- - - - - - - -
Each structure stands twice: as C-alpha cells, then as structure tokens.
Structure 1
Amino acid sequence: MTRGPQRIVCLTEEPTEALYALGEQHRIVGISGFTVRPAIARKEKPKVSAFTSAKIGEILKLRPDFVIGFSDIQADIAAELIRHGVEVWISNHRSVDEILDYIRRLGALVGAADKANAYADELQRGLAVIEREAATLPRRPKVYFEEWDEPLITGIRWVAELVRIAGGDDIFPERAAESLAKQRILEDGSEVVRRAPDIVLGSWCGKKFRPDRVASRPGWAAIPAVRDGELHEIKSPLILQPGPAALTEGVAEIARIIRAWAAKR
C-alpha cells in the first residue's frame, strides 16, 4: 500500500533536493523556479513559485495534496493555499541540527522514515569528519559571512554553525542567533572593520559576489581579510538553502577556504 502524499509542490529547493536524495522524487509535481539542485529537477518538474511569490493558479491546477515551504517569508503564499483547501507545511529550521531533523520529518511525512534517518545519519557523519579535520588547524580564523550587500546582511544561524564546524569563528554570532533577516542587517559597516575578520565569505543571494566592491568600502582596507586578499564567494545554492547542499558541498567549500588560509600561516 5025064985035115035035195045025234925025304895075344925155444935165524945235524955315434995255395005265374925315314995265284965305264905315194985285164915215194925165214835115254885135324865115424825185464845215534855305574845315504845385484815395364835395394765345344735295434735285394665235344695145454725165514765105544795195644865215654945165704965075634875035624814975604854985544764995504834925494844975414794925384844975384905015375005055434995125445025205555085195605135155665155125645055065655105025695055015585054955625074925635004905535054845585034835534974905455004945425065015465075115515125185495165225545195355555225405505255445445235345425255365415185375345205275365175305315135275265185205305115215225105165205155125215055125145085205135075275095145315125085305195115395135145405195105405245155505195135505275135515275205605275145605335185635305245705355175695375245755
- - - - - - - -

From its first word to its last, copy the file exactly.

Each structure stands twice: as C-alpha cells, then as structure tokens.
Structure 1
Amino acid sequence: MTRGPQRIVCLTEEPTEALYALGEQHRIVGISGFTVRPAIARKEKPKVSAFTSAKIGEILKLRPDFVIGFSDIQADIAAELIRHGVEVWISNHRSVDEILDYIRRLGALVGAADKANAYADELQRGLAVIEREAATLPRRPKVYFEEWDEPLITGIRWVAELVRIAGGDDIFPERAAESLAKQRILEDGSEVVRRAPDIVLGSWCGKKFRPDRVASRPGWAAIPAVRDGELHEIKSPLILQPGPAALTEGVAEIARIIRAWAAKR
C-alpha cells in the first residue's frame, strides 16, 4: 500500500533536493523556479513559485495534496493555499541540527522514515569528519559571512554553525542567533572593520559576489581579510538553502577556504 502524499509542490529547493536524495522524487509535481539542485529537477518538474511569490493558479491546477515551504517569508503564499483547501507545511529550521531533523520529518511525512534517518545519519557523519579535520588547524580564523550587500546582511544561524564546524569563528554570532533577516542587517559597516575578520565569505543571494566592491568600502582596507586578499564567494545554492547542499558541498567549500588560509600561516 5025064985035115035035195045025234925025304895075344925155444935165524945235524955315434995255395005265374925315314995265284965305264905315194985285164915215194925165214835115254885135324865115424825185464845215534855305574845315504845385484815395364835395394765345344735295434735285394665235344695145454725165514765105544795195644865215654945165704965075634875035624814975604854985544764995504834925494844975414794925384844975384905015375005055434995125445025205555085195605135155665155125645055065655105025695055015585054955625074925635004905535054845585034835534974905455004945425065015465075115515125185495165225545195355555225405505255445445235345425255365415185375345205275365175305315135275265185205305115215225105165205155125215055125145085205135075275095145315125085305195115395135145405195105405245155505195135505275135515275205605275145605335185635305245705355175695375245755